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Alzheimer's Care

Alzheimer's is the most common form of dementia. Alzheimer's accounts for 50 to 80 percent of dementia cases, and at least 5 million Americans suffer from Alzheimer's. The greatest known risk factor is increasing age, and the majority of people with the disease are over the age of 65. But, up to 5 percent of people with the disease have early-onset Alzheimer's, which often appears when someone is in his 40s or 50s. Alzheimer's is a progressive disease, and worsens over time. While research continues and treatment for symptoms are available, currently, there is no known cure.

There is no one singular approach to caring for a person who has Alzheimer's, because Alzheimer's affects each person differently. When making a care decision, it is important to find out if there is specialized care offered for residents with the disease or dementia. Alzheimer's care is usually delivered in an assisted living facility or nursing home in a separate area or on a separate floor from the rest of the building. In general, residents live in semi-private apartments and have structured activities delivered by staff members trained in Specialized care. Most of these facilities have secured areas to prevent wandering, a common symptom of the disease. Residents usually have access to outdoor walking areas or paths within secured areas.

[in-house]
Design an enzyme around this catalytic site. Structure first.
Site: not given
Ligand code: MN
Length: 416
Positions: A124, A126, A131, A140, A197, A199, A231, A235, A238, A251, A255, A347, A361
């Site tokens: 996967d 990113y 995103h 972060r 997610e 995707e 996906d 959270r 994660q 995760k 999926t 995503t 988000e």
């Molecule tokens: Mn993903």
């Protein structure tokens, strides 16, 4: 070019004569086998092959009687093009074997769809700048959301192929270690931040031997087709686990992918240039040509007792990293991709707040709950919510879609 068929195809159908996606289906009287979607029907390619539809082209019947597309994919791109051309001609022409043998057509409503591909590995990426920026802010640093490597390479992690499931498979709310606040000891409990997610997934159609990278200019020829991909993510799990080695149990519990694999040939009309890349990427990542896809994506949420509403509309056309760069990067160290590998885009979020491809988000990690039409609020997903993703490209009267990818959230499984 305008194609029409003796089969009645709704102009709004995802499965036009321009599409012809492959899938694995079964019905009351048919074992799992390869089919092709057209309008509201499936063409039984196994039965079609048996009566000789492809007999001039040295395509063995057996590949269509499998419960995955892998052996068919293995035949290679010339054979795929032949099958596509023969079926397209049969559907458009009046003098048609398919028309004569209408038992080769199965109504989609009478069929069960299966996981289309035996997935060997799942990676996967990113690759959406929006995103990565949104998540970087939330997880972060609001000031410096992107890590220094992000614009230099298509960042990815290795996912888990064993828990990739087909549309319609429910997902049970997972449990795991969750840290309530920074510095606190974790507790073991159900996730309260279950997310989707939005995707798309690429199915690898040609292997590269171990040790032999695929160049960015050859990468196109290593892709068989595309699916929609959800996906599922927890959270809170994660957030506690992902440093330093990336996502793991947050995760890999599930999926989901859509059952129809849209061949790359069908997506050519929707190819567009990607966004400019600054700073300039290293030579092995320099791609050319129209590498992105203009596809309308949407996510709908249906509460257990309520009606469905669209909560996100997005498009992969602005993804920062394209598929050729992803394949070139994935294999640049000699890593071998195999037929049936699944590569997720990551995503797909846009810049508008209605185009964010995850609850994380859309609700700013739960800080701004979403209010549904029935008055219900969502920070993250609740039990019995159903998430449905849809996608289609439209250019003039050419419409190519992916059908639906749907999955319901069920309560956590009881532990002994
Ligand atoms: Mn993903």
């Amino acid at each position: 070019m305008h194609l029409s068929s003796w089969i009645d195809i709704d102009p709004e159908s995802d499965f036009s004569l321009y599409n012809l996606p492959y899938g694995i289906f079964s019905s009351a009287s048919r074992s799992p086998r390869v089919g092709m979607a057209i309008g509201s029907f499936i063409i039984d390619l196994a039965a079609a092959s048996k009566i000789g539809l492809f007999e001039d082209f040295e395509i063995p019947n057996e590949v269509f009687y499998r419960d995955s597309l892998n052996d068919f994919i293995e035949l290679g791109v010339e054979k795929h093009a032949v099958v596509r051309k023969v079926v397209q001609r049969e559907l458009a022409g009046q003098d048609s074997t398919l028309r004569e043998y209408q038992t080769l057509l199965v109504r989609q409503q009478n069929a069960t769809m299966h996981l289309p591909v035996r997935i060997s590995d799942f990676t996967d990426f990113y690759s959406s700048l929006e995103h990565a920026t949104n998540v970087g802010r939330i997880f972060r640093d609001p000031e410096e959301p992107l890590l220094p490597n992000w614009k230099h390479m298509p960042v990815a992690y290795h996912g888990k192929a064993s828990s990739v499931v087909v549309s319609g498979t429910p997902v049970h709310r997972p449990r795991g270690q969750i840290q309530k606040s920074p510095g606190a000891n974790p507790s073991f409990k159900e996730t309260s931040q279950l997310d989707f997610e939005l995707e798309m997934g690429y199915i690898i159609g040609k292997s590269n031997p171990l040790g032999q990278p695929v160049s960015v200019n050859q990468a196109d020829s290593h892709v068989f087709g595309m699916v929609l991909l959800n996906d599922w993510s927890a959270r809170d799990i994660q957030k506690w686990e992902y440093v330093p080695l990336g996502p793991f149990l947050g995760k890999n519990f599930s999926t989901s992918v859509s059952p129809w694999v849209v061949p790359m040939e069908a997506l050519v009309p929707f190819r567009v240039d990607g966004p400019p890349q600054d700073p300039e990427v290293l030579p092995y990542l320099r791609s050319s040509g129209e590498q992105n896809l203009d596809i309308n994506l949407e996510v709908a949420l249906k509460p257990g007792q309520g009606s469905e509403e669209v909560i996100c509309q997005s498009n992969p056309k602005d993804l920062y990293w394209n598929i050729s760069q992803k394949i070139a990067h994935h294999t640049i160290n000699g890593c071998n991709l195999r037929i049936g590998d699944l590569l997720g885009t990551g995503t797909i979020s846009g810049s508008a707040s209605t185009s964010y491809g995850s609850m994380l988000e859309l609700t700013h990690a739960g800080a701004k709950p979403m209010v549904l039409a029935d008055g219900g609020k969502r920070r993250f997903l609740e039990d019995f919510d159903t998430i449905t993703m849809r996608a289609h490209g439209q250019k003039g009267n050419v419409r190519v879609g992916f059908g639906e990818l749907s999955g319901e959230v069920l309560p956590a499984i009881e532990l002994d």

Stand alone memory care facilities, or Alzheimer's special care units, also exist to better meet the specialized care of patients. These memory care communities have been specifically designed for people suffering from Alzheimer's with a circular layout to prevent a resident from encountering a "dead-end" in the hallway.

The most important factor when choosing care for someone with Alzheimer's is to find out if the facility offers specialized care for residents with the disease. The environment within which a resident lives can be an effective treatment. A positive environment can improve a resident's daily life, so make sure to ask if specialized Alzheimer's care is available.

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